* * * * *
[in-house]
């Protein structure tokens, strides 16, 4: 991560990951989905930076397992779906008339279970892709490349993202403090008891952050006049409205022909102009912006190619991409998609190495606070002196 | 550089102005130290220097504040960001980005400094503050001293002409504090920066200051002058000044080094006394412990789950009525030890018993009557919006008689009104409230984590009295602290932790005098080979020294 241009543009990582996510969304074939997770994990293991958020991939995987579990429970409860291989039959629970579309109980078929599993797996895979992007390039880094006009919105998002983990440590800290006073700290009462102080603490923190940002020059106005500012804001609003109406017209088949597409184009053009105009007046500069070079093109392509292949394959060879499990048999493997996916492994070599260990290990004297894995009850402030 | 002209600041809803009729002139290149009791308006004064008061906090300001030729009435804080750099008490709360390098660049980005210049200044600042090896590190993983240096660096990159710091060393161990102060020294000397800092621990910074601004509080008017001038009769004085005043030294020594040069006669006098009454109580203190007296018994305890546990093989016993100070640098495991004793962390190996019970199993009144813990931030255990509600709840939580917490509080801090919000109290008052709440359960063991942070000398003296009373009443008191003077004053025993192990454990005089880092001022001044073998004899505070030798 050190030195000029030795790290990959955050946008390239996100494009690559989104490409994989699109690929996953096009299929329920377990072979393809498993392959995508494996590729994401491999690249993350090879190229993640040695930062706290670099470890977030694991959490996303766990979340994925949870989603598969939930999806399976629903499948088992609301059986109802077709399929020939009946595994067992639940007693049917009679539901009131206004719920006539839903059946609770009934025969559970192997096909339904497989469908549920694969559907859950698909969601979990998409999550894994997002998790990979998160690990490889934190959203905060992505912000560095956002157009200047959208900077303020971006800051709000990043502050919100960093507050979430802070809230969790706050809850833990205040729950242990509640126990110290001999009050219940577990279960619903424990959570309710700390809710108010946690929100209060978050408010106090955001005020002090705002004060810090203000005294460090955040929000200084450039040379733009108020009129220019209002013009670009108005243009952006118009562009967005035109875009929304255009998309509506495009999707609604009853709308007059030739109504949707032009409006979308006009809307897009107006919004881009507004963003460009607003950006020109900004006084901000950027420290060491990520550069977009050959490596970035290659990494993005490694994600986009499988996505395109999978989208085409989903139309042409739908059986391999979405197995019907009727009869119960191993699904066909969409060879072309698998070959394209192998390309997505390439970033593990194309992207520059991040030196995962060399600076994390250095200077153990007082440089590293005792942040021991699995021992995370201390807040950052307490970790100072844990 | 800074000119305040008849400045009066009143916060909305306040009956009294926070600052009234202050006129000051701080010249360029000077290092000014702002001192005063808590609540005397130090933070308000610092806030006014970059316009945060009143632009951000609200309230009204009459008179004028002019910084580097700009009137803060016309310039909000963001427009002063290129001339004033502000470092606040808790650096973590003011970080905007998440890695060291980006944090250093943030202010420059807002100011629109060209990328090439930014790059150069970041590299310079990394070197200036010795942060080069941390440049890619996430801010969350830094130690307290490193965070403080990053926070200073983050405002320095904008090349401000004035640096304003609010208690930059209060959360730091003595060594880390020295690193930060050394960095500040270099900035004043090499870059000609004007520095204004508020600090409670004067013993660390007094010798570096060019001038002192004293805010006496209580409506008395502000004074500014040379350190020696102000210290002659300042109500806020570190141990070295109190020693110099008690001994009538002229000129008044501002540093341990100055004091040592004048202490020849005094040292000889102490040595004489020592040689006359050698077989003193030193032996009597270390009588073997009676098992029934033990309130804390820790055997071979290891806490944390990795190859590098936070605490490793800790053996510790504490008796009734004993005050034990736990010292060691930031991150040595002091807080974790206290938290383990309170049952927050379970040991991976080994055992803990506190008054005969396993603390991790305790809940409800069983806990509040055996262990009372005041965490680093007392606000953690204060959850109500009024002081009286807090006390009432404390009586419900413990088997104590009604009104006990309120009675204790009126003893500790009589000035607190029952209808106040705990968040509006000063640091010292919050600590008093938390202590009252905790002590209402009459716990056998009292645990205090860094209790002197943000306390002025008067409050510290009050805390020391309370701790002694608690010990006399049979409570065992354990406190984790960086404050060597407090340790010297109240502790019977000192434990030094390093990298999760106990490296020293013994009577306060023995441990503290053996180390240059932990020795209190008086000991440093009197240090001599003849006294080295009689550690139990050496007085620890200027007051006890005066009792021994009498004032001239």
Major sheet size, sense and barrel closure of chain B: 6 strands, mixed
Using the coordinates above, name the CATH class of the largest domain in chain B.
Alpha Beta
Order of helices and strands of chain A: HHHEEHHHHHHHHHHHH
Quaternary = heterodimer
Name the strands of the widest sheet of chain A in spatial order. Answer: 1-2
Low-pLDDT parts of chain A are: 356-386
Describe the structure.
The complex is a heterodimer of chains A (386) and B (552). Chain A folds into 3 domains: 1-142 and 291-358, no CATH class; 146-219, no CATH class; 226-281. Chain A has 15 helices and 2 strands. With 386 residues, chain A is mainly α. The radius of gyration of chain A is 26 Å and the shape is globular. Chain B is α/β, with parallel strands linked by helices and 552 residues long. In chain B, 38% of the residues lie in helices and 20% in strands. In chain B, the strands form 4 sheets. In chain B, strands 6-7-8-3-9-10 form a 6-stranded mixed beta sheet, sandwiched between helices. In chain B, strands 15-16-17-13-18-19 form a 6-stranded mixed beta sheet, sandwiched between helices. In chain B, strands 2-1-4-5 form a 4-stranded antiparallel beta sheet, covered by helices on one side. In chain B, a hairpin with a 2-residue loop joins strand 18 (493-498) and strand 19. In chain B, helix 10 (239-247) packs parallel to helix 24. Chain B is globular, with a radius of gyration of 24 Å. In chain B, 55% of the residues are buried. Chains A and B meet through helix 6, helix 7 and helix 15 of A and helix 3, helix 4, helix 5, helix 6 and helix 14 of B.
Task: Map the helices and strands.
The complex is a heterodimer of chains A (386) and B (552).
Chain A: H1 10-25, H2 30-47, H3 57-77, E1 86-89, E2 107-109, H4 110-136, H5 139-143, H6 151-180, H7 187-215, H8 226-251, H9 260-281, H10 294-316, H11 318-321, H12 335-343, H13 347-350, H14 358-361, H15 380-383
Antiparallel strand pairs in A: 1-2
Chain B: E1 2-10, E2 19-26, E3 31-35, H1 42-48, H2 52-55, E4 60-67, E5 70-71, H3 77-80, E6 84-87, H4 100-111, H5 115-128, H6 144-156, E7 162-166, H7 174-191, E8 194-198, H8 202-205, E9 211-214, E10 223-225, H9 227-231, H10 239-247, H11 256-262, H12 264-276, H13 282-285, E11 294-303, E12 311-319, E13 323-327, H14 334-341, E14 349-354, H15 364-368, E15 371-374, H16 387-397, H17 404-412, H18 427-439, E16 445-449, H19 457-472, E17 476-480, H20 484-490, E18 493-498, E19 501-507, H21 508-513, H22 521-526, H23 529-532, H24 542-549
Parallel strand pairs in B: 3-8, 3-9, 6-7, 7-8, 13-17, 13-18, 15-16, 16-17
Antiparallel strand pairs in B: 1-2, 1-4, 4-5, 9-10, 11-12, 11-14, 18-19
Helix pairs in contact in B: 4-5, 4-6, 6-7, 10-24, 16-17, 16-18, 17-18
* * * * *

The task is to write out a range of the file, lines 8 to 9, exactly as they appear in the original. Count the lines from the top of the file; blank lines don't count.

Name the strands of the widest sheet of chain A in spatial order. Answer: 1-2
Low-pLDDT parts of chain A are: 356-386